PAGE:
Interpreting and applying portions of the federal Fair Labor Standards Act may present some challenges to school districts, like North Crawford and others that use non-staff members as athletic coaches.
North Crawford School District Administrator Dan Davies broached the subject with the school board at their meeting last Thursday. Davies brought the subject up as part of his report on needed revisions to a coaches’ handbook. Language was added that all coaching assignments will be for one year and that the priority will be to give coaching assignments to professional salaried employees of the district i.e. teachers, administrators, etc.
Davies explained this change for the district was a response to the need to begin paying an hourly wage to anyone who coaches athletics or supervises other extracurricular activities and is not a salaried professional in the district.
The district’s contracted attorney Eileen Brownlee clarified the situation for the district recently. If the salaried professionals, mainly teachers, coach a sport they can be paid a stipend or set fee for the season. That amount is currently set at $2,367 to $2,745 for high school head coaches with lower amounts paid to assistant coaches and junior high coaches. Under the current interpretation of the Fair Labor Standards Act, if the coach is a salaried professional employee of the district they are exempt from the standards and this remains an acceptable practice, according to the attorney. However, paying a coaching stipend to the non-professional hourly employees of the district or to individuals who are not under contract to the district is not acceptable, according to what Brownlee told Davies in a phone conversation earlier this month.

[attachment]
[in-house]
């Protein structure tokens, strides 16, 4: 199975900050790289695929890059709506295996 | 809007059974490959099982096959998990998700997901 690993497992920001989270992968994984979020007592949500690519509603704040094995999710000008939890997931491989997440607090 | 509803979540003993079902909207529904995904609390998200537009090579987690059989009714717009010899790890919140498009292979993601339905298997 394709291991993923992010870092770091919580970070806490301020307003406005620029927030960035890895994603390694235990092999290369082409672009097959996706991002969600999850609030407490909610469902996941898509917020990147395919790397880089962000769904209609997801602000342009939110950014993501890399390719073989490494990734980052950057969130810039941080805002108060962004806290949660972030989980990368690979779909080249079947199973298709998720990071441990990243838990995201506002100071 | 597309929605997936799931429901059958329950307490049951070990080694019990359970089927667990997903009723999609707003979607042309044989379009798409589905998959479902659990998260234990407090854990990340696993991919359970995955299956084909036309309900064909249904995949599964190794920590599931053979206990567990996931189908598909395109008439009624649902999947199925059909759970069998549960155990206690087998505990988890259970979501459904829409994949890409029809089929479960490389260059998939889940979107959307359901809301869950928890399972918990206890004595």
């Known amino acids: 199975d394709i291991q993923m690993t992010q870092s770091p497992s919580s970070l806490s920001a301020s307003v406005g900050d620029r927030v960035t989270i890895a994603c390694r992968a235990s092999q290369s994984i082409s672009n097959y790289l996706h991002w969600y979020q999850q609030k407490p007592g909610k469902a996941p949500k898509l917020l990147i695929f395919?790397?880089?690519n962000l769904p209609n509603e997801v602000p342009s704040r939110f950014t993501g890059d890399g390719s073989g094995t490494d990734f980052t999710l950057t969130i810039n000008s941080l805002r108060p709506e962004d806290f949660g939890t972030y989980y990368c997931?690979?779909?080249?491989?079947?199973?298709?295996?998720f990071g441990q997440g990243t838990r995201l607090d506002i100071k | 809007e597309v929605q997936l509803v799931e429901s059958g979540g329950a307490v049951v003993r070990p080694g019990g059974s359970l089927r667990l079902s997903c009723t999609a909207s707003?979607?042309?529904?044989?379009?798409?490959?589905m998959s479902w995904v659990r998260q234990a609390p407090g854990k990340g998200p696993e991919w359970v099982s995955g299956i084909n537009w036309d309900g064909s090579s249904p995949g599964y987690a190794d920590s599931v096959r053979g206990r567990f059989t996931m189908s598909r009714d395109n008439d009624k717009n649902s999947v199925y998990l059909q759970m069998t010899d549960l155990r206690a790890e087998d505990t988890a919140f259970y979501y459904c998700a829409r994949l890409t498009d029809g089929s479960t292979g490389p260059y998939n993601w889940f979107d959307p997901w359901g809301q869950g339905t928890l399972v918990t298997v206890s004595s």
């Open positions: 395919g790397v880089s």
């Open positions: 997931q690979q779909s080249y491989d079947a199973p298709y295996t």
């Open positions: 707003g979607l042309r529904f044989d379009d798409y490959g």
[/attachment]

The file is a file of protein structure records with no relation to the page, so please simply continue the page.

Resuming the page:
The district administrator informed the board that this year on Brownlee’s advice all of the non-staff coaches will have to record the hours worked and submit them for payment. The district intends to pay the minimum wage or $7.25 per hour. Despite the low hourly rate, Davies is concerned that the amount paid could exceed the amount of the stipends in some cases.
Davies told the board he felt the change in requiring coaches, who were not employed as salaried professional staff members of the district, to record their hours was the prudent course of action given the advice of the district’s contracted attorney. Furthermore, he urged the board to change the coaches’ handbook to prioritize trying to hire salaried professional staff for open coaching positions in the future.
However, not everyone present at the meeting agreed with Davies’ position. Vickie Stevenson, a district resident and parent, said there were other ways to approach the situation, which would not require paying hourly wages to the non-staff coaches. She urged the board to take a larger view and noted perhaps the counsel for the school district was wrong in her opinion of the situation.
Davies noted Brownlee had just concluded putting on a law seminar for school districts facing the Fair Labor Standards Act impact on the need to pay hourly wages to non-staff and nonprofessional hourly staff coaches. The administrator added that he suspected the information was accurate.